Aug 9, 2020
The Blue Economy
Combining sustainability and competitive opportunities
photo Bill Oxford

We live on a blue planet. Oceans and seas cover about 75% of the Earth’s surface and contain 97% of all available water. They produce around 50% of the oxygen we breathe and contribute significantly to climate regulation. More than three billion people (40% of the world population) depend on the biodiversity and services offered by marine and coastal ecosystems. According to estimates by the United Nations and OECD (Organisation for Economic Co-operation and Development), today the marine economy employs 31 million people directly and provides 2.5% of the world’s gross added value.

In other words, the ocean is not only essential to regulating the planet’s delicate balances, but also constitutes a giant engine for economic and social development. Today the “Blue Economy” is already one of the top ten world economies and forecasts indicate that in 2030 its value will double to $3,000,000,000.

The concept of the Blue Economy was introduced in preparatory work for the United Nations Conference on Sustainable Development held in 2012 in Rio de Janeiro. Alongside the Green Economy, many coastal countries highlighted the need to recognise the fundamental role of the ocean in the future of the planet and of all living species. A few years later, with the launch of Agenda 2030 and its Sustainable Development Goals, the United Nations finally identified a specific objective (SDG 14) linked to life underwater and defined a precise route towards safeguarding the ocean.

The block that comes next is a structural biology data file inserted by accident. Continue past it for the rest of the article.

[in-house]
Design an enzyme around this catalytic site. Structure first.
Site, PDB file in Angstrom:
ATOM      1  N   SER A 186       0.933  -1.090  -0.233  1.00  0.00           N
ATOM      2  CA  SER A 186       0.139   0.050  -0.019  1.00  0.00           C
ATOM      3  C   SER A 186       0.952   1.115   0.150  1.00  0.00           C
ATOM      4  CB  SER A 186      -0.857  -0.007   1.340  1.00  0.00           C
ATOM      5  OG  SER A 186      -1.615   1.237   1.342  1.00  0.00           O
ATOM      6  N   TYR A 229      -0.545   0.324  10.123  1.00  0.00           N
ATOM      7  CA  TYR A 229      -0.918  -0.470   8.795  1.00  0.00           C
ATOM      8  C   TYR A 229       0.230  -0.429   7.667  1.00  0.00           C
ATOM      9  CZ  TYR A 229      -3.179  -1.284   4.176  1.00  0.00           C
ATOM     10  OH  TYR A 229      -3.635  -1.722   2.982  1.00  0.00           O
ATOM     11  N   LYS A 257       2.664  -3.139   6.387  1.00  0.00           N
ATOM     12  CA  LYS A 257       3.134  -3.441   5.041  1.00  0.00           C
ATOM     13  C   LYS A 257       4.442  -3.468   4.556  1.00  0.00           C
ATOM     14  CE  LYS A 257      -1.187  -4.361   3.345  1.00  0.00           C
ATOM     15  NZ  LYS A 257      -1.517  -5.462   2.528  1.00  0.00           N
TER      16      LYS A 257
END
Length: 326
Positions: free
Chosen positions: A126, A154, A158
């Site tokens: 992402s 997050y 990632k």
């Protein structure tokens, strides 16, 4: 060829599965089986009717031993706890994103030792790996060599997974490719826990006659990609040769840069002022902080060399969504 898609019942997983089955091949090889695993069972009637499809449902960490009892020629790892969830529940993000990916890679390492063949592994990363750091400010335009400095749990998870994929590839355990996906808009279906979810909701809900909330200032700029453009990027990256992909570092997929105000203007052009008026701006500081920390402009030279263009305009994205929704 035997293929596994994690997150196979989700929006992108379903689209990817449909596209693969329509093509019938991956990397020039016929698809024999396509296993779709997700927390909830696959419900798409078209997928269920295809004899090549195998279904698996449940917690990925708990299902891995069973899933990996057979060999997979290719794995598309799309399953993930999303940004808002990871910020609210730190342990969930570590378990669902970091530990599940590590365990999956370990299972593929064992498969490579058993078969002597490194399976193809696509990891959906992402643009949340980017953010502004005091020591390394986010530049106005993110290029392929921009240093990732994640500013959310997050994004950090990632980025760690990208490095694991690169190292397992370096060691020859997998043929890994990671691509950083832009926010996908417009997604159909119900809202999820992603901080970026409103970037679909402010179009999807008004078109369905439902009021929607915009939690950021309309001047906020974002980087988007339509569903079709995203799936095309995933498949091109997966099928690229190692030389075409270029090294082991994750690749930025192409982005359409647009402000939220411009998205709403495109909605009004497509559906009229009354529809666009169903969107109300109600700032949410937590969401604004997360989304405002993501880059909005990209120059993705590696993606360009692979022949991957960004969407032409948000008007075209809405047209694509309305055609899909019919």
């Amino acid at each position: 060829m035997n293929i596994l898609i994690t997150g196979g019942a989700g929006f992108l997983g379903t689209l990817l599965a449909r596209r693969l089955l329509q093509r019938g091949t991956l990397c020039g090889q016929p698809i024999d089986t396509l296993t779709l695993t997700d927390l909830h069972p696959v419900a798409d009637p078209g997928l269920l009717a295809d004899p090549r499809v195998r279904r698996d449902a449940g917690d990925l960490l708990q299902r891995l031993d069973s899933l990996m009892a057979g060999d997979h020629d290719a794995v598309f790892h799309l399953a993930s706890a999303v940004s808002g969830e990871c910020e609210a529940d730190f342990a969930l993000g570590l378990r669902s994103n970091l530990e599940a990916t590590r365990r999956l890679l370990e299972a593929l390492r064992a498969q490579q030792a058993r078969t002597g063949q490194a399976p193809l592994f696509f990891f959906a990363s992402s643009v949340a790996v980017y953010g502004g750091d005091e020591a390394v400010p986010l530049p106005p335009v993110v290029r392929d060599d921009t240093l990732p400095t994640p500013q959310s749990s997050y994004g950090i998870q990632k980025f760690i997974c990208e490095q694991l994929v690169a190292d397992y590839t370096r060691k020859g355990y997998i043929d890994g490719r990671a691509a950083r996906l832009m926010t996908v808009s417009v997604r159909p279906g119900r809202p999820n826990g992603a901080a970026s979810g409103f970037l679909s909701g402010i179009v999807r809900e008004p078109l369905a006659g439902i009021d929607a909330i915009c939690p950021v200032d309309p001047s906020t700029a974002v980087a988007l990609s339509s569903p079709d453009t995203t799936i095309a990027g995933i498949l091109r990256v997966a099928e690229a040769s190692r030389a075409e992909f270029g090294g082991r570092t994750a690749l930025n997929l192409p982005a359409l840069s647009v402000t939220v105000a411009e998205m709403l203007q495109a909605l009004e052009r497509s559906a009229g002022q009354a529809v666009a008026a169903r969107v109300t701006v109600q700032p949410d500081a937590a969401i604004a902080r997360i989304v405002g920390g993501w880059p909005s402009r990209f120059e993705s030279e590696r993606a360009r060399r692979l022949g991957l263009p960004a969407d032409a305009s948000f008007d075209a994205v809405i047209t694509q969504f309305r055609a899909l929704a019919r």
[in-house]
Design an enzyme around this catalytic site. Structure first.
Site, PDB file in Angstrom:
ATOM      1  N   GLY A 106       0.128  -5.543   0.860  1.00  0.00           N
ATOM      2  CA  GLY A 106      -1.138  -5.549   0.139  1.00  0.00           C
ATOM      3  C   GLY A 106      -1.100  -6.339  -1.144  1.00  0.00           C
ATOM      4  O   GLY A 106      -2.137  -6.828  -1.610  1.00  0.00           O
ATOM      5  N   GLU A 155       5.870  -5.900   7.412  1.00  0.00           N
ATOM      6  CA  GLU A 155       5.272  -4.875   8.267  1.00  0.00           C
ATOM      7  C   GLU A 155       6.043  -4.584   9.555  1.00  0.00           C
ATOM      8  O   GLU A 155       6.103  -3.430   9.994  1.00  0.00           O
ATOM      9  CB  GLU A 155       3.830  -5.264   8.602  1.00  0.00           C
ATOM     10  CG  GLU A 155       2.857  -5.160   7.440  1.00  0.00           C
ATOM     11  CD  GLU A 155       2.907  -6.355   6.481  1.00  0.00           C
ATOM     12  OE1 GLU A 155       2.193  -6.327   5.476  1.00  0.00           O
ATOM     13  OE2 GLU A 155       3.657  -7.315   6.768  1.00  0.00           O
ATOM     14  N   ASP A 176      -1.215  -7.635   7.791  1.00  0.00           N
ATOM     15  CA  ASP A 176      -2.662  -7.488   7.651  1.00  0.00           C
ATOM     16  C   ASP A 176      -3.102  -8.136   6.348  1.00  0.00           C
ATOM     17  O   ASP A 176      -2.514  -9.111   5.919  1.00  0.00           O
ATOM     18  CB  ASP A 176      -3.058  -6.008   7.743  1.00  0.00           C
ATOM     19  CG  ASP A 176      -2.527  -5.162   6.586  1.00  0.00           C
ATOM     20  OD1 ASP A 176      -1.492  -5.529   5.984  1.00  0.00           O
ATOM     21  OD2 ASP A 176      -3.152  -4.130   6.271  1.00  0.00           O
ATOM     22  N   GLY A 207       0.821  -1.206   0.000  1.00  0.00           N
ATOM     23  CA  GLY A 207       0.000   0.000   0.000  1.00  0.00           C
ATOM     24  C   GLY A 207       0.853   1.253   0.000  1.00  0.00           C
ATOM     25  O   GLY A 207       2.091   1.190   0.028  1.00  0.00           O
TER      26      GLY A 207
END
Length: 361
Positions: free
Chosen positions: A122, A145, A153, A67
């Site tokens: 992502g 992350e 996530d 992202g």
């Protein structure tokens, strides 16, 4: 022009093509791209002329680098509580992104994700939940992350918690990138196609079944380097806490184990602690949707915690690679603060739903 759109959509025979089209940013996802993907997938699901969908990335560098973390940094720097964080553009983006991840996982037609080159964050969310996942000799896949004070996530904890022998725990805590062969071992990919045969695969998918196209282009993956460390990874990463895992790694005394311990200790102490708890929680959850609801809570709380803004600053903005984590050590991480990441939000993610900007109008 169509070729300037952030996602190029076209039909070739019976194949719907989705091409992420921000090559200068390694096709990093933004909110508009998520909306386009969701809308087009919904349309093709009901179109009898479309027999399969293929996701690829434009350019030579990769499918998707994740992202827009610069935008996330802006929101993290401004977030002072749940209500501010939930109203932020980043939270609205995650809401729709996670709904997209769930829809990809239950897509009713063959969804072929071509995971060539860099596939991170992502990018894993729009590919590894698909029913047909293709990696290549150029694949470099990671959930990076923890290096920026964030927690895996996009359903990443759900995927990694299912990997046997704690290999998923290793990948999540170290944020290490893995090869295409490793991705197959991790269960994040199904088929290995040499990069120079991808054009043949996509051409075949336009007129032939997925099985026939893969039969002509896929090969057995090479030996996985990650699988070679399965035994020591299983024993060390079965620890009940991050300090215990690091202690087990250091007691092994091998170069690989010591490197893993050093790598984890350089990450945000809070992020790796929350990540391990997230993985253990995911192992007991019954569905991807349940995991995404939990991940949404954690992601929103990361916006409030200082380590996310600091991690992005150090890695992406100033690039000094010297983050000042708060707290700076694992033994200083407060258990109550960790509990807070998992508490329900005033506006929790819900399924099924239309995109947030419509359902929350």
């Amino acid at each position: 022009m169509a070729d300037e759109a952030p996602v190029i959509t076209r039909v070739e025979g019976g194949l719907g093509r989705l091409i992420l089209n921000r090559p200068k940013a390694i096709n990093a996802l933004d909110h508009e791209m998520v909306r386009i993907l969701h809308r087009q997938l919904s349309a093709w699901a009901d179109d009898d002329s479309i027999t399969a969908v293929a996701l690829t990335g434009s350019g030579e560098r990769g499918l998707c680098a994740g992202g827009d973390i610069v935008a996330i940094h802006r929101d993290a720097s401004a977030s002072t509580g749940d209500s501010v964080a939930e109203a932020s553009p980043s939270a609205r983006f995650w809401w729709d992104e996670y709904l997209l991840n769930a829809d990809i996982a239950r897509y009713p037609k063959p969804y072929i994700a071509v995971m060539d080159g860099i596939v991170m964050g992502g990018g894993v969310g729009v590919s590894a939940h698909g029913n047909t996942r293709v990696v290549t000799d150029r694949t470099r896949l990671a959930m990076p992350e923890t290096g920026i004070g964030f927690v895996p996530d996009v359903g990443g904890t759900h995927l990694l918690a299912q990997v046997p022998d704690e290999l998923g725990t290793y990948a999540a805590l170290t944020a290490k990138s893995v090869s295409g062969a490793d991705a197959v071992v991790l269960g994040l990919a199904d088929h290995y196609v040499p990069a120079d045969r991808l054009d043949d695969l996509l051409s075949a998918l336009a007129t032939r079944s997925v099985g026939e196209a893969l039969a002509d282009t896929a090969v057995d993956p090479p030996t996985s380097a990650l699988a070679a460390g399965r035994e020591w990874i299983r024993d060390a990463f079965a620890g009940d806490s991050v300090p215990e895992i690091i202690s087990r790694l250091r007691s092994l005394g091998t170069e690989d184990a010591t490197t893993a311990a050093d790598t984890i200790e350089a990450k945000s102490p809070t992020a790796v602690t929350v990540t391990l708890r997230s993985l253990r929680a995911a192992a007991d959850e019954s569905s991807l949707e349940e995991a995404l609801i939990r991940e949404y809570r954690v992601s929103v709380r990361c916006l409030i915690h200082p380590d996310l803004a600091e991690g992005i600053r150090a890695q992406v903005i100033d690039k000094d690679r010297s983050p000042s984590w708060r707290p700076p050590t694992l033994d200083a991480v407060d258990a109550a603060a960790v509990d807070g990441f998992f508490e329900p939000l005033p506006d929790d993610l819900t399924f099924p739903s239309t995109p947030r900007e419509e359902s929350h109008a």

On the one hand, the pressure from mankind is enormous. Maritime activities – offshore extraction and transportation of oil and gas, trade, fishing, tourism, ship building, port activities, but more generally many other industrial sectors such as plastics, chemicals and agriculture, are having an increasing impact on aquatic ecosystems and putting their resilience to the test.

On the other, promoting new models of production and consumption that are capable of combining growth with the protection of marine environments is largely dependent on the diffusion of more advanced technological solutions and new business models. One of the main challenges, therefore, is to bring sustainable innovations (blue technologies) to the marine economy. This means developing and applying the results of research in fields such as marine biotechnology, nanotechnologies, new materials, renewable energy sources (offshore wind, waves, tides), alternative fuels, technologies for monitoring and control, in maritime industries.

It represents a mammoth opportunity for businesses and the financial sector, which will be able to acquire or consolidate new competitive advantages. From this perspective, there are also many opportunities to create innovative start-ups (and new jobs), combining the potential of ocean and coastal areas with respect for the integrity of ecosystems.

In the light of the proactive scientific collaboration initiated in the past years, the One Ocean Foundation and SDA Bocconi are focusing on new lines of research to examine opportunities relating to the Blue Economy within a framework of sustainable development. The partnership aims to identify and map the most innovative technological solutions and business models, finding and publicising success stories using the most appropriate instruments for research and communication.


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